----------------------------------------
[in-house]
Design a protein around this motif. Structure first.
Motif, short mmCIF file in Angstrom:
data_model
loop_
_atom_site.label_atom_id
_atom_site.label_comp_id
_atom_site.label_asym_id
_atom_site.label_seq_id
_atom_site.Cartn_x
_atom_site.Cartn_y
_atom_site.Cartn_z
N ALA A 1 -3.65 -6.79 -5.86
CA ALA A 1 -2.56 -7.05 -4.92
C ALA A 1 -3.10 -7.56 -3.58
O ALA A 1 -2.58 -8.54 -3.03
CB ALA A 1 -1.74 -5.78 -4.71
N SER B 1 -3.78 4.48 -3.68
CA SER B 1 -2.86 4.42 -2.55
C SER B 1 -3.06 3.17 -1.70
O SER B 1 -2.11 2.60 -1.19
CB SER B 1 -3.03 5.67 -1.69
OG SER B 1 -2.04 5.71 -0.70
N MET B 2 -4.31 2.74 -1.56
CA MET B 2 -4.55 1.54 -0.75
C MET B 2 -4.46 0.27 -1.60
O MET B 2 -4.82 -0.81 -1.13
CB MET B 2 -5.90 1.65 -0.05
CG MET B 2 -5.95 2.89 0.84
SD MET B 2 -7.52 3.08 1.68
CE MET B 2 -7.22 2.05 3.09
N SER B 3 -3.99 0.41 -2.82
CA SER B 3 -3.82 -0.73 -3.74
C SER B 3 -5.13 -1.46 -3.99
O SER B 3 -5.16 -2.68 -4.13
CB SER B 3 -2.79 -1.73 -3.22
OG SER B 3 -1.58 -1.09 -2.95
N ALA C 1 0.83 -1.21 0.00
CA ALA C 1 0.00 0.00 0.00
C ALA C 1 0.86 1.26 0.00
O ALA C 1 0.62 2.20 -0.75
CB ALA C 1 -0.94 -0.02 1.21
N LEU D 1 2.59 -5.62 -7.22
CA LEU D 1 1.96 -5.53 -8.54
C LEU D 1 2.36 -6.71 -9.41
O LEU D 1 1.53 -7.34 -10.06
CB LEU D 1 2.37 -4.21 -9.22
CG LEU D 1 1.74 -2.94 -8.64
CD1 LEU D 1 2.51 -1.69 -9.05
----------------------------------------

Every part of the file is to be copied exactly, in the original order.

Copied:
[in-house]
Design a protein around this motif. Structure first.
Motif, short mmCIF file in Angstrom:
data_model
loop_
_atom_site.label_atom_id
_atom_site.label_comp_id
_atom_site.label_asym_id
_atom_site.label_seq_id
_atom_site.Cartn_x
_atom_site.Cartn_y
_atom_site.Cartn_z
N ALA A 1 -3.65 -6.79 -5.86
CA ALA A 1 -2.56 -7.05 -4.92
C ALA A 1 -3.10 -7.56 -3.58
O ALA A 1 -2.58 -8.54 -3.03
CB ALA A 1 -1.74 -5.78 -4.71
N SER B 1 -3.78 4.48 -3.68
CA SER B 1 -2.86 4.42 -2.55
C SER B 1 -3.06 3.17 -1.70
O SER B 1 -2.11 2.60 -1.19
CB SER B 1 -3.03 5.67 -1.69
OG SER B 1 -2.04 5.71 -0.70
N MET B 2 -4.31 2.74 -1.56
CA MET B 2 -4.55 1.54 -0.75
C MET B 2 -4.46 0.27 -1.60
O MET B 2 -4.82 -0.81 -1.13
CB MET B 2 -5.90 1.65 -0.05
CG MET B 2 -5.95 2.89 0.84
SD MET B 2 -7.52 3.08 1.68
CE MET B 2 -7.22 2.05 3.09
N SER B 3 -3.99 0.41 -2.82
CA SER B 3 -3.82 -0.73 -3.74
C SER B 3 -5.13 -1.46 -3.99
O SER B 3 -5.16 -2.68 -4.13
CB SER B 3 -2.79 -1.73 -3.22
OG SER B 3 -1.58 -1.09 -2.95
N ALA C 1 0.83 -1.21 0.00
CA ALA C 1 0.00 0.00 0.00
C ALA C 1 0.86 1.26 0.00
O ALA C 1 0.62 2.20 -0.75
CB ALA C 1 -0.94 -0.02 1.21
N LEU D 1 2.59 -5.62 -7.22
CA LEU D 1 1.96 -5.53 -8.54
C LEU D 1 2.36 -6.71 -9.41
O LEU D 1 1.53 -7.34 -10.06
CB LEU D 1 2.37 -4.21 -9.22
CG LEU D 1 1.74 -2.94 -8.64
CD1 LEU D 1 2.51 -1.69 -9.05